Gulf Crisis Cutting into Tourism
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Gulf Crisis Cutting into Tourism

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The Persian Gulf crisis seems to have had a worse effect on Israeli tourism than the intifada, according to figures released Monday covering the first 11 months of this year.

After falling sharply during the first two years of the Palestinian uprising, tourism was running 8 percent ahead of 1989 figures until Iraq’s invasion of Kuwait in August raised the danger of war in the region.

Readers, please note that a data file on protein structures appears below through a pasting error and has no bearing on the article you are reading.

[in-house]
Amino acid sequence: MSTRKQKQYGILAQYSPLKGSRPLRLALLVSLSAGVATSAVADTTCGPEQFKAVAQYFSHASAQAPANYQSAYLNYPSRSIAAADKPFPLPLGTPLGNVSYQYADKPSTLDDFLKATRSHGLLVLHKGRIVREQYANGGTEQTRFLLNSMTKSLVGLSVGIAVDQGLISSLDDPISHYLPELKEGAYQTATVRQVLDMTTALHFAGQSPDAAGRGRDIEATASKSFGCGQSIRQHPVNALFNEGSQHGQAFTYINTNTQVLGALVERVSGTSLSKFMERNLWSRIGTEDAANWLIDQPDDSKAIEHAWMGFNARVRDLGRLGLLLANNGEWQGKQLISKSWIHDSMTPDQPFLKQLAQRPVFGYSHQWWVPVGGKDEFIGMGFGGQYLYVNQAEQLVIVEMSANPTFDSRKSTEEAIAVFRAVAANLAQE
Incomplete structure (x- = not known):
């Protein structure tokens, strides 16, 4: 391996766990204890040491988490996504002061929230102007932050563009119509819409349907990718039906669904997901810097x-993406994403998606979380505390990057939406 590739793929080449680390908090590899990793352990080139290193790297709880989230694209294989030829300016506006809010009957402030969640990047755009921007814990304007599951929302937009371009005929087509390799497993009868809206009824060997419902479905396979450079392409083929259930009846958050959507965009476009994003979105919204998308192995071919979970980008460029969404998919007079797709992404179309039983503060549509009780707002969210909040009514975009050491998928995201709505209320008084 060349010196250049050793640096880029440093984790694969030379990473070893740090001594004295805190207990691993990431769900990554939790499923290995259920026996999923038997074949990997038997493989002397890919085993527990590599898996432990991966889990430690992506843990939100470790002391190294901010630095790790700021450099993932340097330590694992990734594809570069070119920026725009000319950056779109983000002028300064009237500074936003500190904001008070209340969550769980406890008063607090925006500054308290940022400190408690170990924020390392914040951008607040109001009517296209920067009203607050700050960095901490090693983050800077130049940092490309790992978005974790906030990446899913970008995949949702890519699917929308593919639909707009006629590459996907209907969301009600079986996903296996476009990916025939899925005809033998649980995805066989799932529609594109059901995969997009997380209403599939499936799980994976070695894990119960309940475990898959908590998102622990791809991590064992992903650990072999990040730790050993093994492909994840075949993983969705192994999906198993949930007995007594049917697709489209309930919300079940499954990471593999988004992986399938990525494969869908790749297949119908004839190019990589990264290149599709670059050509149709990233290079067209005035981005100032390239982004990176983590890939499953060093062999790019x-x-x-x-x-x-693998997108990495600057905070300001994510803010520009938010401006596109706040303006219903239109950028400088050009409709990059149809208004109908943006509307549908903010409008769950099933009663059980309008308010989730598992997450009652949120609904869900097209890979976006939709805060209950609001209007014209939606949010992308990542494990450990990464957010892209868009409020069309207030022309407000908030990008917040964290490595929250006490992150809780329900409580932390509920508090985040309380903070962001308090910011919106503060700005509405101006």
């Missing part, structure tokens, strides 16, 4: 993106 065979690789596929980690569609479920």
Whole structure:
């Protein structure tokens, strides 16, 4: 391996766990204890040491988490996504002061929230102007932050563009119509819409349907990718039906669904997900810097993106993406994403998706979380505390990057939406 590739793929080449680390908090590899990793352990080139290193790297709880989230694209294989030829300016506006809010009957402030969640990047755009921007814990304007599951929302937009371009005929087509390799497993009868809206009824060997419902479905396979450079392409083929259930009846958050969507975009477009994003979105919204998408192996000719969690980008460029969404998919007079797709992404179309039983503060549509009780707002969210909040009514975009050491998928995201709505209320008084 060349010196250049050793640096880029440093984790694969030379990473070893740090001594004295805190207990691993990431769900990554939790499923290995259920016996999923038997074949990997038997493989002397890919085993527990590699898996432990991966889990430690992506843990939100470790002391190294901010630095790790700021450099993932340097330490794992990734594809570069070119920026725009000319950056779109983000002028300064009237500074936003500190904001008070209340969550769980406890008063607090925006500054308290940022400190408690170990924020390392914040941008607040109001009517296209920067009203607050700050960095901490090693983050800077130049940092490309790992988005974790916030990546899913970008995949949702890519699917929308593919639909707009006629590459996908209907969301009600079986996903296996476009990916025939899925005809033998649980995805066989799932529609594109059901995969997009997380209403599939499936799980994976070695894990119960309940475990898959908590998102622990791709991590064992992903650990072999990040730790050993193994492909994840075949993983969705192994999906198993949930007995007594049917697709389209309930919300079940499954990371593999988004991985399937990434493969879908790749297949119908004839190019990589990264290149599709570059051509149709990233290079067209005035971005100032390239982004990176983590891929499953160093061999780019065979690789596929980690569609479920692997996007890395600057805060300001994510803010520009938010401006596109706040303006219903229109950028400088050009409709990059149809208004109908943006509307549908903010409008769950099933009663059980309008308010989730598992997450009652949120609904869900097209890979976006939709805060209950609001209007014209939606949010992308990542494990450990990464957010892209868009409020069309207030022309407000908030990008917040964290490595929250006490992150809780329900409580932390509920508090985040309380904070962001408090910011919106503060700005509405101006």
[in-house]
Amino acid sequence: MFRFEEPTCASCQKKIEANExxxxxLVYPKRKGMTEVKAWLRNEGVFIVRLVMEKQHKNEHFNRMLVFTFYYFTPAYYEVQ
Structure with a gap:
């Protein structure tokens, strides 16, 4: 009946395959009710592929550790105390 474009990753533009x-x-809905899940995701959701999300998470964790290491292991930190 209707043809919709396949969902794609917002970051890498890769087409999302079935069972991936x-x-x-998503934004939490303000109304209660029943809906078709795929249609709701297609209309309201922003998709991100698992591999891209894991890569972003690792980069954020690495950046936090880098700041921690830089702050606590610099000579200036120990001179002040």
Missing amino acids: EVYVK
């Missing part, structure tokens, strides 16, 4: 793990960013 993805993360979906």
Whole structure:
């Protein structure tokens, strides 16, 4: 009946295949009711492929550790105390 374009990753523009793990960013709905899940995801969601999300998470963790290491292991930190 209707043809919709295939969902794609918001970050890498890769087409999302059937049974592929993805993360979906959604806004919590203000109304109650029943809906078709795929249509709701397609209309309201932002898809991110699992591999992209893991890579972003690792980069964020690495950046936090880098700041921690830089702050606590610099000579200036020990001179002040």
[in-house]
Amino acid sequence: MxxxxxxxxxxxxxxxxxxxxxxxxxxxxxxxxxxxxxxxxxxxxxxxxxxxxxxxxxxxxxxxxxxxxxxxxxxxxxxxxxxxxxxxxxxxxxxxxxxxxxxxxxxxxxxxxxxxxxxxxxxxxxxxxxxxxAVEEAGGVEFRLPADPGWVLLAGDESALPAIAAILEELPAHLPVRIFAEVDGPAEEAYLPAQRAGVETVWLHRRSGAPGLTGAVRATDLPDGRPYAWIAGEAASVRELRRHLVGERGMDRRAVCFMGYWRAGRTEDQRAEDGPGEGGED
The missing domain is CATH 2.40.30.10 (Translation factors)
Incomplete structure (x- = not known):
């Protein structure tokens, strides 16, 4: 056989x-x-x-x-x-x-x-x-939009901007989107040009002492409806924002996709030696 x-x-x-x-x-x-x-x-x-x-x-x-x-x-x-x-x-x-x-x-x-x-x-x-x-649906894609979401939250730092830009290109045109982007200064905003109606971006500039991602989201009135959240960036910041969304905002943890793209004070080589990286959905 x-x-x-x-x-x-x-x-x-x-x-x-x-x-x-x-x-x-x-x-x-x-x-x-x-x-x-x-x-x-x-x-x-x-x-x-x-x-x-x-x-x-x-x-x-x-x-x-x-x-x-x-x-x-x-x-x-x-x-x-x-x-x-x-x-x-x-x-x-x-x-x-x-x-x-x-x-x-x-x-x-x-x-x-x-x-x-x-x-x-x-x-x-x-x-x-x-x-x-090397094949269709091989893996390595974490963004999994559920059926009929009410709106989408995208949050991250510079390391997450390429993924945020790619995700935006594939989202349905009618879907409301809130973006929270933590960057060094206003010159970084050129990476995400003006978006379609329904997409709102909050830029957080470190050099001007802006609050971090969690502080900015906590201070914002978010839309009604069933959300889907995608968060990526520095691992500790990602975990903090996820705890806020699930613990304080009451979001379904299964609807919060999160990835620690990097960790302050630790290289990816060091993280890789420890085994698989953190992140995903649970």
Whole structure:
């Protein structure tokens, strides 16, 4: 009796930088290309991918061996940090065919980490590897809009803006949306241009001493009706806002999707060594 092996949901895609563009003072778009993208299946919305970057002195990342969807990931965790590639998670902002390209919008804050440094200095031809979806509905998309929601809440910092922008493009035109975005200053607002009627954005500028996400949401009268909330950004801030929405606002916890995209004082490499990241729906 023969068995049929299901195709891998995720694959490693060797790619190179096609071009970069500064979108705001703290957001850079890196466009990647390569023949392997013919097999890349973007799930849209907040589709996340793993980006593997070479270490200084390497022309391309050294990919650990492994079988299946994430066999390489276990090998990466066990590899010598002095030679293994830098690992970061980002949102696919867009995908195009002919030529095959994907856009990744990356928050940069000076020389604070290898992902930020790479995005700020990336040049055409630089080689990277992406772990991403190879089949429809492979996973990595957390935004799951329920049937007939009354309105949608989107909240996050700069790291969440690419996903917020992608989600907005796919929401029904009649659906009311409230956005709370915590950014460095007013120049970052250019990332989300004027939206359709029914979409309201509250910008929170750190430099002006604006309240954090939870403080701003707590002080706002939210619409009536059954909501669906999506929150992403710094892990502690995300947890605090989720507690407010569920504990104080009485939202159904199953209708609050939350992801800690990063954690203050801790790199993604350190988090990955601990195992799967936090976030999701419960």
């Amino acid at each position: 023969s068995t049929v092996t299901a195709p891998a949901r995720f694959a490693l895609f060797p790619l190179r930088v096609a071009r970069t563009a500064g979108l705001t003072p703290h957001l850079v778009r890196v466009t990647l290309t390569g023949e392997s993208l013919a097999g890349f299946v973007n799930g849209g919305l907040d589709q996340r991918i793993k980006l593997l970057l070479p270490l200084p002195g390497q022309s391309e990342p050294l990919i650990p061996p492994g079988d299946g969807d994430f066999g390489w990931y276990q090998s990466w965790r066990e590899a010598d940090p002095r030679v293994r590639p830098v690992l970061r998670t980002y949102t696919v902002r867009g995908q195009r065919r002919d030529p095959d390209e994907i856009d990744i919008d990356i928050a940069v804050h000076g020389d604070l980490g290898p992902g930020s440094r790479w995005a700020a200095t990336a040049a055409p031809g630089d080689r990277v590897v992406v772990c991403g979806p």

From August through November, tourist arrivals in Israel dropped 46 percent, compared with the same period of the previous year.

In September and October, the decline was 30 percent. In November, it was a stunning 58 percent.

Only 45,000 visitors arrived from abroad last month, compared with 108,500 tourists in November 1989.

Eilat, a resort town on the Red Sea, was especially hard hit. It registered about 1,000 arrivals on direct flights in November, compared to 16,000 in the same month a year earlier.

A total of 1,252,400 tourists came to Israel in the first 11 months of 1990, 3 percent fewer than in the same period of 1989.

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